This is an old set. I say that, but I hadn’t realized how old until I remembered that I drew it, because I watched Mad Max: Fury Road. That movie came out May 2015 which means I drew this set over a year ago.

Not that it is that uncommon for me to wait that long, but I was a little surprised when I did the math.

This was a set with a LOT of accessories. So many that I have both enough for an Accessory Thursday post and enough to scatter around the sets each day.

I am a little worried about today’s paper doll, because she doesn’t have any weapons for protection. She might need some, but I bet my unnamed Asian paper doll from World’s End would share.

I wonder if I should start naming the Bodacious and Buxom paper dolls… What do you all think? It would make it easier to refer to them.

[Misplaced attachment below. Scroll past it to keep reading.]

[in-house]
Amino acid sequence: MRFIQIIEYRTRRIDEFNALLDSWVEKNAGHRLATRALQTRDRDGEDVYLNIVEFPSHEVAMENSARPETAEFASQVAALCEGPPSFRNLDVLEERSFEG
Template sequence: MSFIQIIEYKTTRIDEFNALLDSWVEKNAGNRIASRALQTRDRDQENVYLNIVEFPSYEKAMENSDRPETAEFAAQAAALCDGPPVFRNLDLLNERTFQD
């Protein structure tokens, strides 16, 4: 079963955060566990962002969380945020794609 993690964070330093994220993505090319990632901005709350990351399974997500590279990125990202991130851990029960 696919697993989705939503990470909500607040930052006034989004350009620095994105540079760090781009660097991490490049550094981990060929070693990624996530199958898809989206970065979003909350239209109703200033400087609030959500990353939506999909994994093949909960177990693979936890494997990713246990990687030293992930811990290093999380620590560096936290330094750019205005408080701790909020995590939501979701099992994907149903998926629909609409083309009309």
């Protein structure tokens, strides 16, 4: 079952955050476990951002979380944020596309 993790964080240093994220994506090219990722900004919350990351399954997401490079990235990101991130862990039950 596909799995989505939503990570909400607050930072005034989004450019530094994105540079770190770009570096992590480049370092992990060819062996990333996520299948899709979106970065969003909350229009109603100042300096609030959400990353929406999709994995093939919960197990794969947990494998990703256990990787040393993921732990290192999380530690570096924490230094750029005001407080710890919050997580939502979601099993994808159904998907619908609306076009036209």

Meanwhile, please think about supporting the blog through Patreon or following it on Twitter.

Plus let me know if you think I should start naming the Bodacious & Buxom paper dolls.

Monica’s Neo-Victorian Wardrobe: The Doll & Her Visiting or Promenade Toilette


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Monica, an african-american neo-victorian paper doll with her walking suit. Also available in black and white for coloring. From paperthinpersonas.com.

So, here we are in week two of the new system for PTP. It’s very exciting. I am feeling excited. Also a little nervous, I must confess.

Monica is our model today. She is, of course, from the Marisole Monday & Friend’s series. This whole week will be a neo-Victorian/Steampunk inspired week with hats, skirts and jackets. As I know I’ve said before, I have a THING for the whole idea of different outfits for different activities. When I’m in Victorian fantasy land, I like to decide which outfit goes with which Victorian activity.